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Guitar Hero III: Fraudulently Induced Licensing?

Just a quick note about a case filed last week by singer Axl Rose of the Guns N’ Roses fame. According to his attorneys, the licensing of “Welcome to the Jungle” for Guitar Hero III was “fraudulently induced,” suggesting either that Rose is unhappy with the song’s inclusion in the game, is unhappy with how the song is included in the game (minor distinction), or simply wants more money for having allowed them to use the song at all. The complaint is apparently asking for $20 million in damages, which could be a calculation based on damage to reputation, or on lost profits from what they usually charge for the use of their song.

Is the case likely to succeed? Hard to say. The law firm states that they are filing on behalf of Rose, but that might not be true as well. Usually the court would say that for a sophisticated person in the business of licensing music, if they make a bad deal they have to live with it, so the lawsuit is actually more likely to succeed if the way the song is used potentially damages the band’s image rather than “the game made more money than we thought, so we should get more of the profit.” The problem with licensing a song for a game like this is that if the game is vastly successful, it’s very hard to tell which of the 42 story-based songs were the song that made the game popular. The band might usually ask for a flat fee for the use of their song, as with commercials, but might have wanted to try for a percentage of the gross profits from the game as well.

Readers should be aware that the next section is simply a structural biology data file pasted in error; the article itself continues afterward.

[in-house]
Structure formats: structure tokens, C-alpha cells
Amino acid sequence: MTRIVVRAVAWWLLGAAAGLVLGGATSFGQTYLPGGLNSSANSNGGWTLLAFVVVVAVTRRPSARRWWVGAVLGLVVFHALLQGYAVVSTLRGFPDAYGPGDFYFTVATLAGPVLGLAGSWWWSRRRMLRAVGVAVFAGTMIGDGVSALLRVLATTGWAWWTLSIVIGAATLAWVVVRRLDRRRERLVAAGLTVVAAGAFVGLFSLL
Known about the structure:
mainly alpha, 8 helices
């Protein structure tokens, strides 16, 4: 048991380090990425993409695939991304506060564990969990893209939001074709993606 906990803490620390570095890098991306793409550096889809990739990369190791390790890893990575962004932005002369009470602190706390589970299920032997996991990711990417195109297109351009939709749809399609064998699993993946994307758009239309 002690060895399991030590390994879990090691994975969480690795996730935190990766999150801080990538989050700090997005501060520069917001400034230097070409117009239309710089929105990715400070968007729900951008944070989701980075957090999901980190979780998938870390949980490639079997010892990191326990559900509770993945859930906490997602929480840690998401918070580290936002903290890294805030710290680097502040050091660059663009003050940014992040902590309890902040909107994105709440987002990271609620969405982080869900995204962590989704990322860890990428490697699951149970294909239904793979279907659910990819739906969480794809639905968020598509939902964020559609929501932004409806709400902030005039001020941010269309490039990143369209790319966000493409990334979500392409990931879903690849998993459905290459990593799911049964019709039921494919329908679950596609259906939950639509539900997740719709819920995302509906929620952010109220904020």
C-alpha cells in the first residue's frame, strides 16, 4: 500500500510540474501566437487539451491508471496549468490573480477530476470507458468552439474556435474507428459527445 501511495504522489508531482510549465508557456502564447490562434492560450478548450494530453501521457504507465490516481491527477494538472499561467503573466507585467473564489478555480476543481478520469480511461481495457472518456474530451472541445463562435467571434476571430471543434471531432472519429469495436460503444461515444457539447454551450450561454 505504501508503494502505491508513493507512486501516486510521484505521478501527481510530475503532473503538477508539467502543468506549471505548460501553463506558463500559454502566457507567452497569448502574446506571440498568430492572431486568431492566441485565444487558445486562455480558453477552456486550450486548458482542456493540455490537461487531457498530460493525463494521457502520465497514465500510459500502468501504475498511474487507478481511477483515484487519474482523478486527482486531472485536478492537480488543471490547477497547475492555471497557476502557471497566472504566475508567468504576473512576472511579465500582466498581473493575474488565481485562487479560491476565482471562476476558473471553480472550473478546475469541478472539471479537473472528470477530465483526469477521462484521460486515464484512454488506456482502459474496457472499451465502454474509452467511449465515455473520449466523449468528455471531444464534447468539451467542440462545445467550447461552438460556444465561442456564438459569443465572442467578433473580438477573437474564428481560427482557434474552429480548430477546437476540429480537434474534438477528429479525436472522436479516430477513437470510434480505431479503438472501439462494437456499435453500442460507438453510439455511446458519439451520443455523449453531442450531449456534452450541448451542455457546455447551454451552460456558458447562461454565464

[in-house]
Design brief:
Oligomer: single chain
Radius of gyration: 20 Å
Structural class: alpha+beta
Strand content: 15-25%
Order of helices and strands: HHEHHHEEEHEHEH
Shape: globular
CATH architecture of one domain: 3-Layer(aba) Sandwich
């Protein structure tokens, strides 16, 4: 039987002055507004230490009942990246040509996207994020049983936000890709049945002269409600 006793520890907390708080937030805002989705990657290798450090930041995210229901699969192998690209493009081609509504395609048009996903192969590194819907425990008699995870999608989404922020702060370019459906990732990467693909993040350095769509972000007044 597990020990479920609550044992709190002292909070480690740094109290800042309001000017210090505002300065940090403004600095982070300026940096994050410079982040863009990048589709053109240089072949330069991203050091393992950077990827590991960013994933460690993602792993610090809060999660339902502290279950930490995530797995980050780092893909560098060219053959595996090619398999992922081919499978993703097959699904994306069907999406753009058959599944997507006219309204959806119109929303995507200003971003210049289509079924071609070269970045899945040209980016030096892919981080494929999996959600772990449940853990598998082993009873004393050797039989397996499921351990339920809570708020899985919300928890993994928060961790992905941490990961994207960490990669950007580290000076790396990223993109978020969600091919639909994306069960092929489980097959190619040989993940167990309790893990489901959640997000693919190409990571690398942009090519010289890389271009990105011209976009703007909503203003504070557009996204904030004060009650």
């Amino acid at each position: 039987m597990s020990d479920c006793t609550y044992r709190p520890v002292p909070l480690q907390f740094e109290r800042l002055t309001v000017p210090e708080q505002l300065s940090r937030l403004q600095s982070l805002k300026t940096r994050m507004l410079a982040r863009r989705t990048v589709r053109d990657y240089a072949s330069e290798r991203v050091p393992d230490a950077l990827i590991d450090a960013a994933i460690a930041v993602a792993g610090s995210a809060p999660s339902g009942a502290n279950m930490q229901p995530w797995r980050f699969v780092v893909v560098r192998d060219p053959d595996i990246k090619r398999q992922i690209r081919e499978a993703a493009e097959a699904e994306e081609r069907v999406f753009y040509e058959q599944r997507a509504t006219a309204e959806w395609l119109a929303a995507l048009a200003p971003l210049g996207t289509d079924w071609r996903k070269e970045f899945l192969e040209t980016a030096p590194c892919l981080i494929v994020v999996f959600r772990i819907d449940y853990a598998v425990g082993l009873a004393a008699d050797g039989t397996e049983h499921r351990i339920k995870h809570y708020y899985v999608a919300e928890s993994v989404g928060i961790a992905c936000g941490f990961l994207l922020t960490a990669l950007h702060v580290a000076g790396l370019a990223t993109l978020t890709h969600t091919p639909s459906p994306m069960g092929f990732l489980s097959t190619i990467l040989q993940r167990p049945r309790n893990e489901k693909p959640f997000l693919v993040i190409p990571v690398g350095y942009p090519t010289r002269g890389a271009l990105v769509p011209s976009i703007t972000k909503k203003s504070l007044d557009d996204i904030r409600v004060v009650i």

Would Activision have agreed to such terms? Probably not, because the first few Guitar Hero games were released using cover versions of popular songs because many bands refused to license their own recordings. As stated previously, after a song has been released for sale in the US, it’s much cheaper to pay one of the music clearinghouses a fee to produce a cover version than to obtain the right to use the original version in whatever form was intended.

Having played this particular game, however, I can also say that I was introduced to several of the songs for the first time, and then went out and bought .mp3s so that I could listen to them outside of the game interface. I particularly liked “The Metal” by Tenacious D, “Lay Down” by Priestess, and the end credits song “Through Fire and Flames” by Dragonforce. Dragonforce especially got a boost through their inclusion in Guitar Hero III, as many gamers would not otherwise have heard of them, and grew to enjoy their long riffs and showboating. Activision’s attorneys will probably look at the sales data for “Welcome to the Jungle” before and after the release of the game, and if there is a spike in sales, argue that Guns N’ Roses was adequately compensated, even without a percentage of the profits.

This is all speculative, however, fraudulent inducement suggests that there was something wrong with how the licensing deal was presented to the musicians, and not necessarily with the deal itself. I would be interested to see how this turns out, but this is one that seems very likely to settle before trial.

Posted in Monday: Legal Landscape.